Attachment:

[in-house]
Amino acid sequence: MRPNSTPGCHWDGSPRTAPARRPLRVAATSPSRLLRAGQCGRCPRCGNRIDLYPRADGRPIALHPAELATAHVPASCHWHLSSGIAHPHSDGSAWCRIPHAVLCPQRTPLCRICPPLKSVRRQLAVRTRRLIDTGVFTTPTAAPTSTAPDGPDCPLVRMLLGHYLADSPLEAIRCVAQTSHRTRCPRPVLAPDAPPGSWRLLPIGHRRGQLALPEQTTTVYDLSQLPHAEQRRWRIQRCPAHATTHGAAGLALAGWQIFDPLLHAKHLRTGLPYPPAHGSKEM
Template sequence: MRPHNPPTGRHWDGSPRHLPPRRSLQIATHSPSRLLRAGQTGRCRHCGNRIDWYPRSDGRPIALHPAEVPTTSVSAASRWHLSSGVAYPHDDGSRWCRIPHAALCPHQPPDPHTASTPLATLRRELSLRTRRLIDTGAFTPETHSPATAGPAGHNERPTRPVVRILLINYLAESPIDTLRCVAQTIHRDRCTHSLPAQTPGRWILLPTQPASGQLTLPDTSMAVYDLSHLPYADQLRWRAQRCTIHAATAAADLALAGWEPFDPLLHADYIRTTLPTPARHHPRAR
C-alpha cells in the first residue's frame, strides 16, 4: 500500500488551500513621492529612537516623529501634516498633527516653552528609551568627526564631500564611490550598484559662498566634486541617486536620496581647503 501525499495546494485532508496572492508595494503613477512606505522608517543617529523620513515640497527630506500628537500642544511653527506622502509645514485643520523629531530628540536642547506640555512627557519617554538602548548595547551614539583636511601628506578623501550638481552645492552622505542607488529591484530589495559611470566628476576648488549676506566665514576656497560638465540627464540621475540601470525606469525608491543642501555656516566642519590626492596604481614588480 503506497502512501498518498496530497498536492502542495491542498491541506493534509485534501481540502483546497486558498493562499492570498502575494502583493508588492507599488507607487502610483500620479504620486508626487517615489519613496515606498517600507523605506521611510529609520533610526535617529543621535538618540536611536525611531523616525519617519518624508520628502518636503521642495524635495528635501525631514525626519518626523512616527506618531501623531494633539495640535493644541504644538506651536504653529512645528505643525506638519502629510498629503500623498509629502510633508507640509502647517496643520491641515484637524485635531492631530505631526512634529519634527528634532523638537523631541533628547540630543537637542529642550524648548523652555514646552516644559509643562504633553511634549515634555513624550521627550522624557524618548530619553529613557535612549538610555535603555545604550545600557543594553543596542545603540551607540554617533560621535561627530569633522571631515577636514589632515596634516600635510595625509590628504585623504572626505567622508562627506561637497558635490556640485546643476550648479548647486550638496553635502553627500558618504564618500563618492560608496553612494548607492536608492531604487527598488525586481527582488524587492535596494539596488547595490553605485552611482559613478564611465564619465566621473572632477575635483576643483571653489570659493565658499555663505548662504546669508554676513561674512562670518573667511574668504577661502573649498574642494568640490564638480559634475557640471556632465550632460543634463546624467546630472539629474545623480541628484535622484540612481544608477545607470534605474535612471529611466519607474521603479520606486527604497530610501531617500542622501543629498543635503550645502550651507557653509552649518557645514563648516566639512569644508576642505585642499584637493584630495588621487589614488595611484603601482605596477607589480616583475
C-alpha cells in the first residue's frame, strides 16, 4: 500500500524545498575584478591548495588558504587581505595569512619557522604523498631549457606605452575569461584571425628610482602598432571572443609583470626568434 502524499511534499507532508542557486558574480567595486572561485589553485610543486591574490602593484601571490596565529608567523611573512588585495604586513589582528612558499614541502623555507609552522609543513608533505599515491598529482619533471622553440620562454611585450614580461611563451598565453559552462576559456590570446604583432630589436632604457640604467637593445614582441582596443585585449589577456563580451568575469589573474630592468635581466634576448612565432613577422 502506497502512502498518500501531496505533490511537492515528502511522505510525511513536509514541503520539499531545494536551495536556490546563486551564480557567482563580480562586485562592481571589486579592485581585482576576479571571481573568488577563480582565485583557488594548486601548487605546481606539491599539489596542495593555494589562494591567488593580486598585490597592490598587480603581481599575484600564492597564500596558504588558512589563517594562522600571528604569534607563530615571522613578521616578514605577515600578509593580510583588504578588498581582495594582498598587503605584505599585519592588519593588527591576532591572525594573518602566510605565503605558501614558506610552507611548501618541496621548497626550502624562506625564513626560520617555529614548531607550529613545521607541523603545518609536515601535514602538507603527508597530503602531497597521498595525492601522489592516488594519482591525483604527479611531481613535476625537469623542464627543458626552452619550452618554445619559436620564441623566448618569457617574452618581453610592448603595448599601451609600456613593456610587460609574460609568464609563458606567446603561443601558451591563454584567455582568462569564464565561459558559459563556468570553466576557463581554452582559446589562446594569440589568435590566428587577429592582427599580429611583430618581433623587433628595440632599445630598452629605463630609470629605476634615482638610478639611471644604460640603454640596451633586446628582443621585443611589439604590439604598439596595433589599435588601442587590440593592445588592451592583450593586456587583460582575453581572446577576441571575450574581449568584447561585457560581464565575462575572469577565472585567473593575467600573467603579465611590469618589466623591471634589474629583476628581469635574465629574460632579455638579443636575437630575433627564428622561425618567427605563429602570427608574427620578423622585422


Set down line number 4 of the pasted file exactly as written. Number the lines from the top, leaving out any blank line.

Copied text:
C-alpha cells in the first residue's frame, strides 16, 4: 500500500488551500513621492529612537516623529501634516498633527516653552528609551568627526564631500564611490550598484559662498566634486541617486536620496581647503 501525499495546494485532508496572492508595494503613477512606505522608517543617529523620513515640497527630506500628537500642544511653527506622502509645514485643520523629531530628540536642547506640555512627557519617554538602548548595547551614539583636511601628506578623501550638481552645492552622505542607488529591484530589495559611470566628476576648488549676506566665514576656497560638465540627464540621475540601470525606469525608491543642501555656516566642519590626492596604481614588480 503506497502512501498518498496530497498536492502542495491542498491541506493534509485534501481540502483546497486558498493562499492570498502575494502583493508588492507599488507607487502610483500620479504620486508626487517615489519613496515606498517600507523605506521611510529609520533610526535617529543621535538618540536611536525611531523616525519617519518624508520628502518636503521642495524635495528635501525631514525626519518626523512616527506618531501623531494633539495640535493644541504644538506651536504653529512645528505643525506638519502629510498629503500623498509629502510633508507640509502647517496643520491641515484637524485635531492631530505631526512634529519634527528634532523638537523631541533628547540630543537637542529642550524648548523652555514646552516644559509643562504633553511634549515634555513624550521627550522624557524618548530619553529613557535612549538610555535603555545604550545600557543594553543596542545603540551607540554617533560621535561627530569633522571631515577636514589632515596634516600635510595625509590628504585623504572626505567622508562627506561637497558635490556640485546643476550648479548647486550638496553635502553627500558618504564618500563618492560608496553612494548607492536608492531604487527598488525586481527582488524587492535596494539596488547595490553605485552611482559613478564611465564619465566621473572632477575635483576643483571653489570659493565658499555663505548662504546669508554676513561674512562670518573667511574668504577661502573649498574642494568640490564638480559634475557640471556632465550632460543634463546624467546630472539629474545623480541628484535622484540612481544608477545607470534605474535612471529611466519607474521603479520606486527604497530610501531617500542622501543629498543635503550645502550651507557653509552649518557645514563648516566639512569644508576642505585642499584637493584630495588621487589614488595611484603601482605596477607589480616583475